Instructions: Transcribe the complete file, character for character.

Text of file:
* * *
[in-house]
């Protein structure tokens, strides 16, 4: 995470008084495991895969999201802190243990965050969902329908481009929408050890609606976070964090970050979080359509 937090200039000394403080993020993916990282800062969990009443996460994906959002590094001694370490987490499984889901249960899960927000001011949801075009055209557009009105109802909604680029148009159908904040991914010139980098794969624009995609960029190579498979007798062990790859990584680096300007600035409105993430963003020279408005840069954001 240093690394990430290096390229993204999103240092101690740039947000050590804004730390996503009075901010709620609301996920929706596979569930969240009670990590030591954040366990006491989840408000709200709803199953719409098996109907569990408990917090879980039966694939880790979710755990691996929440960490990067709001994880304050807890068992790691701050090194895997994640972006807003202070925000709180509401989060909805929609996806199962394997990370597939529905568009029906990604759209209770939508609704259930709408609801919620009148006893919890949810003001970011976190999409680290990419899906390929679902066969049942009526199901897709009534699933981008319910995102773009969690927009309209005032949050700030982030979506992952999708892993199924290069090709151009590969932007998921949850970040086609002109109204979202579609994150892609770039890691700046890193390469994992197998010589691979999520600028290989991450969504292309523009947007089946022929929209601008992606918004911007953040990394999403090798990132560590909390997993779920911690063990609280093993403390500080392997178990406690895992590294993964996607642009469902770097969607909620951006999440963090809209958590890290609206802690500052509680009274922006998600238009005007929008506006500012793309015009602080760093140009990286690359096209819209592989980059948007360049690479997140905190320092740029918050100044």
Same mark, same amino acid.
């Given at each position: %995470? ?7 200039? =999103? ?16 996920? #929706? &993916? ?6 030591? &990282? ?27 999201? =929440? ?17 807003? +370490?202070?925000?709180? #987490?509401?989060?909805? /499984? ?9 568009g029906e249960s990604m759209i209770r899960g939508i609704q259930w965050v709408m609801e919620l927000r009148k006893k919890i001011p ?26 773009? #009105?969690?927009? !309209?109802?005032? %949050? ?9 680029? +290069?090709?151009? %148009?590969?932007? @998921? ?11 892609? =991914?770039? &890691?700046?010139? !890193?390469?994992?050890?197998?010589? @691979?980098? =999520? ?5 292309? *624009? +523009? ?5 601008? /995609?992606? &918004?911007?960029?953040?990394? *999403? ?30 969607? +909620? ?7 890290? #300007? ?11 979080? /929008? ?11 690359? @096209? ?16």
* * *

[in-house]
């Protein structure tokens, strides 16, 4: 995470008084495991895969999201802190243990965050969902329908481009929408050890609606976070964090970050979080359509 937090200039000394403080993020993916990282800062969990009443996460994906959002590094001694370490987490499984889901249960899960927000001011949801075009055209557009009105109802909604680029148009159908904040991914010139980098794969624009995609960029190579498979007798062990790859990584680096300007600035409105993430963003020279408005840069954001 240093690394990430290096390229993204999103240092101690740039947000050590804004730390996503009075901010709620609301996920929706596979569930969240009670990590030591954040366990006491989840408000709200709803199953719409098996109907569990408990917090879980039966694939880790979710755990691996929440960490990067709001994880304050807890068992790691701050090194895997994640972006807003202070925000709180509401989060909805929609996806199962394997990370597939529905568009029906990604759209209770939508609704259930709408609801919620009148006893919890949810003001970011976190999409680290990419899906390929679902066969049942009526199901897709009534699933981008319910995102773009969690927009309209005032949050700030982030979506992952999708892993199924290069090709151009590969932007998921949850970040086609002109109204979202579609994150892609770039890691700046890193390469994992197998010589691979999520600028290989991450969504292309523009947007089946022929929209601008992606918004911007953040990394999403090798990132560590909390997993779920911690063990609280093993403390500080392997178990406690895992590294993964996607642009469902770097969607909620951006999440963090809209958590890290609206802690500052509680009274922006998600238009005007929008506006500012793309015009602080760093140009990286690359096209819209592989980059948007360049690479997140905190320092740029918050100044």
Same mark, same amino acid.
């Given at each position: %995470? ?7 200039? =999103? ?16 996920? #929706? &993916? ?6 030591? &990282? ?27 999201? =929440? ?17 807003? +370490?202070?925000?709180? #987490?509401?989060?909805? /499984? ?9 568009g029906e249960s990604m759209i209770r899960g939508i609704q259930w965050v709408m609801e919620l927000r009148k006893k919890i001011p ?26 773009? #009105?969690?927009? !309209?109802?005032? %949050? ?9 680029? +290069?090709?151009? %148009?590969?932007? @998921? ?11 892609? =991914?770039? &890691?700046?010139? !890193?390469?994992?050890?197998?010589? @691979?980098? =999520? ?5 292309? *624009? +523009? ?5 601008? /995609?992606? &918004?911007?960029?953040?990394? *999403? ?30 969607? +909620? ?7 890290? #300007? ?11 979080? /929008? ?11 690359? @096209? ?16």